The Superman Punch (WWE.com)

NAMING: While we’re talking about finishers: a move with a name is always more powerful than a move without a name. i.e., a “superman punch” is going to be stronger than a regular punch, even if they look similar, and even if “superman punch” is a more appropriate name for a mocktail at a child’s birthday party than it is for a haymaker.

SELLING: I regret to inform you that your Little League coach was right: it’s not about how many times you get knocked down, but how many times you get back up again. Selling is the art of making it look like whatever just happened to you in the ring hurts really, really bad. It’s an often-overlooked ability in a wrestler’s skillset, which is a shame, because selling well is often the difference between an above-average wrestler and a superstar. Truly great wrestlers sell their opponents’ regular ol’ kicks and punches like they’ve just been shot with a fucking gun because it makes them look all the more powerful for getting back up and dishing the pain back twice as hard.

Ow ouch. (WWE.com)

Here’s the secret: Selling well adds drama to a match, but it rarely makes the person selling actually look weak.* It’s a wrestling match! You’re supposed to get hurt! It would be weird if a wrestler found themselves fighting someone who could not, in fact, harm them very much! That’s why Brock Lesnar matches are so boring 95% of the time!!

Selling is almost never proportional, even across a single match. We’ll dive deeper into this when we cover time in a future column, but just know that a wrestler may sell the impact of a neck chop in minute five of a match with the same amount of theatrics as they sell being drop-kicked through a table in minute seventeen of that same match. That’s fine; selling is proportional to what stage of the match the wrestlers are in. In Act 1, a kick might be enough to drop a fighter to their knees; by Act 3, they might eat three kicks in a row, and can only be felled by a spanish fly off the top rope. It doesn’t matter how many times they get back up again. It only matters how convincingly they fall down each time.

*While selling well and then overcoming your injuries can make a wrestler look strong, no-selling** a move makes a wrestler appear borderline unkillable.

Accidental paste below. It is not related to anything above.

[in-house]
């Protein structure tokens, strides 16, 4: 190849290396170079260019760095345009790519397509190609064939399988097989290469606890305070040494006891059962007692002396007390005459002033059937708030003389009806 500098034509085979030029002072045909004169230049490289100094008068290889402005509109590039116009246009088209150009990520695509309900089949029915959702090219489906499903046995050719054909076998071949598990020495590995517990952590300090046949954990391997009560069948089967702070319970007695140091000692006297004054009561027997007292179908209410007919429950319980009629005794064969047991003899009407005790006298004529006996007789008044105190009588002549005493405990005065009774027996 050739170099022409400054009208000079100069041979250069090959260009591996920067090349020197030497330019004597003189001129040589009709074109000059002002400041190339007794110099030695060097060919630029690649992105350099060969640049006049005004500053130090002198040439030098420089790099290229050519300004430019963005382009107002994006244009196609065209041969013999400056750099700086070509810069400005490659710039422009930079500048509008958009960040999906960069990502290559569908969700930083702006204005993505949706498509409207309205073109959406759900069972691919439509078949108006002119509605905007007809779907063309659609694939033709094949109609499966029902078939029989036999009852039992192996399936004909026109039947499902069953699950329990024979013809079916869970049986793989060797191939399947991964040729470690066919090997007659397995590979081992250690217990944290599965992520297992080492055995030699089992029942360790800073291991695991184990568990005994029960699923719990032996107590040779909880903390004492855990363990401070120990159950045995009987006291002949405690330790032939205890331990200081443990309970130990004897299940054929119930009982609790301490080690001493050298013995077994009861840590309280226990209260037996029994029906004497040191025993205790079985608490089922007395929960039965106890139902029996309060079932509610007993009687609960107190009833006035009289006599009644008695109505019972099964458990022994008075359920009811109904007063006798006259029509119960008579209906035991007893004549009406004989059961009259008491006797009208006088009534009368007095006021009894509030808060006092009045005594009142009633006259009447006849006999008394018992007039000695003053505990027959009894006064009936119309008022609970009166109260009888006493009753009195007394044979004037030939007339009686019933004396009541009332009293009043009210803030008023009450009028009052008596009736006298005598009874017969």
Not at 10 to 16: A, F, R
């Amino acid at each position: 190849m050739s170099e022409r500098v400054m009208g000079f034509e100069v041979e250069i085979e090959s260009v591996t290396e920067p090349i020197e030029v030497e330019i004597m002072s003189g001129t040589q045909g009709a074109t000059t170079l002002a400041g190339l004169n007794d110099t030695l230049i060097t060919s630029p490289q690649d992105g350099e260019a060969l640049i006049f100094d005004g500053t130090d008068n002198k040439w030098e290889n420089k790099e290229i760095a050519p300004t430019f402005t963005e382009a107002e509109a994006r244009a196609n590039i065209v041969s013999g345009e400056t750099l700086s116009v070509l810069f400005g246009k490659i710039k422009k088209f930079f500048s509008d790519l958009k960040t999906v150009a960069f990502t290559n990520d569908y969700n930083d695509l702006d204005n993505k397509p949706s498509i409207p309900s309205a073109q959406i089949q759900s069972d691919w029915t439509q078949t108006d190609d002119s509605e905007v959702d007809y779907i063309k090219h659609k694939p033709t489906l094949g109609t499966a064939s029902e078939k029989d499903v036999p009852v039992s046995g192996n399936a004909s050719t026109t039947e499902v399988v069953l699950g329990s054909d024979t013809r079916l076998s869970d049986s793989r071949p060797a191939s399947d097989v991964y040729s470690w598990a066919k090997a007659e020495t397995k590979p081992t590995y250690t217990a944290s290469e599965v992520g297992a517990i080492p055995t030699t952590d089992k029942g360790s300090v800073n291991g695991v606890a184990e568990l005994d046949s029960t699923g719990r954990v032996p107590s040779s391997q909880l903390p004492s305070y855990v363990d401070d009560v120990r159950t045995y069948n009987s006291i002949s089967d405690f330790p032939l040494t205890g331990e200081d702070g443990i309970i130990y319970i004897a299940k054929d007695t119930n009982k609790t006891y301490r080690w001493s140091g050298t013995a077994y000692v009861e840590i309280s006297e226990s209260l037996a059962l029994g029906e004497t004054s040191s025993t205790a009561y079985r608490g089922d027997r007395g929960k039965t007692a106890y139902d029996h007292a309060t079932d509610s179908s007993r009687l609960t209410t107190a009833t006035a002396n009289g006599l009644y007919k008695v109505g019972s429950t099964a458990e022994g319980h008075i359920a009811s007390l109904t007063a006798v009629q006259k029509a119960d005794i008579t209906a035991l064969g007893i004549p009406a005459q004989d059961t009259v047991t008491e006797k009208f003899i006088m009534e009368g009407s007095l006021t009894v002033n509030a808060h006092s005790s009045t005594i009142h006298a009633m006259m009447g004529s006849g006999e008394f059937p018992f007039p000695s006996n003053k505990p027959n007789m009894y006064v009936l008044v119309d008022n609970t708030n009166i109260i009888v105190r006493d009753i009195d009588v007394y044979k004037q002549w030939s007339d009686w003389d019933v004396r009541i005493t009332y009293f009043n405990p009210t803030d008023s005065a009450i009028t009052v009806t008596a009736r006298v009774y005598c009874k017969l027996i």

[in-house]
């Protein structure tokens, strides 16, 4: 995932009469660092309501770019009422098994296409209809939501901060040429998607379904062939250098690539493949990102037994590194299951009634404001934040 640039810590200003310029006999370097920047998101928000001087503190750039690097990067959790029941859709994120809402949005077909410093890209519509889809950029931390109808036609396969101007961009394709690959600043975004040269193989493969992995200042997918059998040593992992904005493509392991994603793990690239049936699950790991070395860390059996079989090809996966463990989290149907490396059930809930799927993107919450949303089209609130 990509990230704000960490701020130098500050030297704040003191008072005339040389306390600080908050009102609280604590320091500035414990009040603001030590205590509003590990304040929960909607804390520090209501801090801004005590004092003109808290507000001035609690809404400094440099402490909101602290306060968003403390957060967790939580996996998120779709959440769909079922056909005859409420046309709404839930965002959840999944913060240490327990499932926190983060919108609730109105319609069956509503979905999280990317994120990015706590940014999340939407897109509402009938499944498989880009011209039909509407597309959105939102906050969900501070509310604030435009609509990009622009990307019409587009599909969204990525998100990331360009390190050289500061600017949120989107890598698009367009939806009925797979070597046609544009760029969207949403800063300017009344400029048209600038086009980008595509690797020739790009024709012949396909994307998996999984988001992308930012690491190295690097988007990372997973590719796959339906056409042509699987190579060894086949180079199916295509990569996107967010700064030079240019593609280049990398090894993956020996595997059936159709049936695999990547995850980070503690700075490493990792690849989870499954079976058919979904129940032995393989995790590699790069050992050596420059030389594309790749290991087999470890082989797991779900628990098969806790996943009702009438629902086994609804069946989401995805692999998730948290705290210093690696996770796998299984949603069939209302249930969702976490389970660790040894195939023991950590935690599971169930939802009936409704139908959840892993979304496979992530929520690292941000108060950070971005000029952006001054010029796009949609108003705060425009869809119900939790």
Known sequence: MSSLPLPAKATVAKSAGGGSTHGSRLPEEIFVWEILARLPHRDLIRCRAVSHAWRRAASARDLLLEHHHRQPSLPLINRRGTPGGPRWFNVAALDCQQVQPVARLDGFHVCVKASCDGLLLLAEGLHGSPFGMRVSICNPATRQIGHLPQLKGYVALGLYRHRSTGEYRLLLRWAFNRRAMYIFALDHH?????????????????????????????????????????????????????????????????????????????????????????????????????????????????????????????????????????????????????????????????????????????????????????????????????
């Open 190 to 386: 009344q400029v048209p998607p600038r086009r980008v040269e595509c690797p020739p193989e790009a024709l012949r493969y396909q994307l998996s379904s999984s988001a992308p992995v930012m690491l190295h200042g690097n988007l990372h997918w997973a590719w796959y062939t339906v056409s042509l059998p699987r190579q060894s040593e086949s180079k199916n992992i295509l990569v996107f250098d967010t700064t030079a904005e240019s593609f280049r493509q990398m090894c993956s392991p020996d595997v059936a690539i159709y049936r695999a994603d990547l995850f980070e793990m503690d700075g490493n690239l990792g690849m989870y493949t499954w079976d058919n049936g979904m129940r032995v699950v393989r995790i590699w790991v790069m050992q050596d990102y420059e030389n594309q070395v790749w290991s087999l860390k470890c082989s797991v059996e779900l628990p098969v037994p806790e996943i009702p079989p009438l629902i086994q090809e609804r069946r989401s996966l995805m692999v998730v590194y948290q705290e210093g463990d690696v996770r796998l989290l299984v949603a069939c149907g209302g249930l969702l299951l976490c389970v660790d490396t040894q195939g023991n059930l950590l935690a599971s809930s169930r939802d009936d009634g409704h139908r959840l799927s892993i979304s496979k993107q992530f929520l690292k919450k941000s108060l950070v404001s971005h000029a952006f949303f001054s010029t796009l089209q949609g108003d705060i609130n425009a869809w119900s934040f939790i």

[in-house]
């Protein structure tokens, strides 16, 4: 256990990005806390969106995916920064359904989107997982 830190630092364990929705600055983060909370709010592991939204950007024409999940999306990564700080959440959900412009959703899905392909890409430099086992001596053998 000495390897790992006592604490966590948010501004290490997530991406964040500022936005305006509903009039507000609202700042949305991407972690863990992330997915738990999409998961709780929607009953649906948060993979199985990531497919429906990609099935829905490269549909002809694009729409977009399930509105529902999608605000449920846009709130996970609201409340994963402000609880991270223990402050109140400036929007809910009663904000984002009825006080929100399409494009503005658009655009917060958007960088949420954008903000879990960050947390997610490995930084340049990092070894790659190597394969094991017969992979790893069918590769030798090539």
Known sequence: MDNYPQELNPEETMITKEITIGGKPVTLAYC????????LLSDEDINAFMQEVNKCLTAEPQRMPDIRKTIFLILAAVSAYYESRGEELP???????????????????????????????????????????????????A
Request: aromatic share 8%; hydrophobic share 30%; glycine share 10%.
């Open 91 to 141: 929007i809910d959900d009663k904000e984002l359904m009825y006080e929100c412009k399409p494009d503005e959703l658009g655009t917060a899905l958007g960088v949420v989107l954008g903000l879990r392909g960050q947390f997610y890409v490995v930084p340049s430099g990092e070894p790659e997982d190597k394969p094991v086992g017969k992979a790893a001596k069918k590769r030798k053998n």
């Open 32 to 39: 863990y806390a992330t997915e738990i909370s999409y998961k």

**Assuming the no-sell is intentional and well-executed. A bad no-sell is the closest thing an incessantly fourth-wall breaking sport can come to breaking the fourth wall.

Daniel Bryan’s injured arm at Wrestlemania 30 added yet another obstacle to his already obstacle-laden path. (WWE.com)

INJURIES: If the announcers in a wrestling match are playing up an injury that one of the combatants has recently suffered and discussing how it might place said combatant at a disadvantage, rest assured the injury is probably fake. (If it is real, and is connected to real-life events like a car accident or a recently-rehabbed injury that kept the wrestler out of action for some time, it probably isn’t as dire as the announcers are making it out to be. Probably.)

An obvious injury at the start of the match is a wrestler’s Chekhov’s gun: First it will be mentioned by the announcers, then injured wrestler’s opponent will focus their attacks on the injury, then the injured wrestler will retaliate and get some offense going but—alas!—their now-exacerbated injury will keep them from delivering a key move that would have won them the match!

All of this is to say, injuries are there to be made worse, and must either be heroically overcome or agonizingly succumbed to over the course of a match. Also, getting hit in a pre-injured area will hurt extra.

WEAPONS: Almost every weapon deployed by a wrestler against another wrestler would, in two to four blows, kill or maim a regular human being in regular circumstances. This is not the case in wrestling. In wrestling, a sledgehammer to the spine is just, like, a bad afternoon, and not a murder conviction.

Force in wrestling: it’s mostly logical until it isn’t. Keep your eyes out for the next column, when we’ll discuss the element that both guides and disrupts the way force is meted out in the ring: momentum. Until next time, tussle scientists.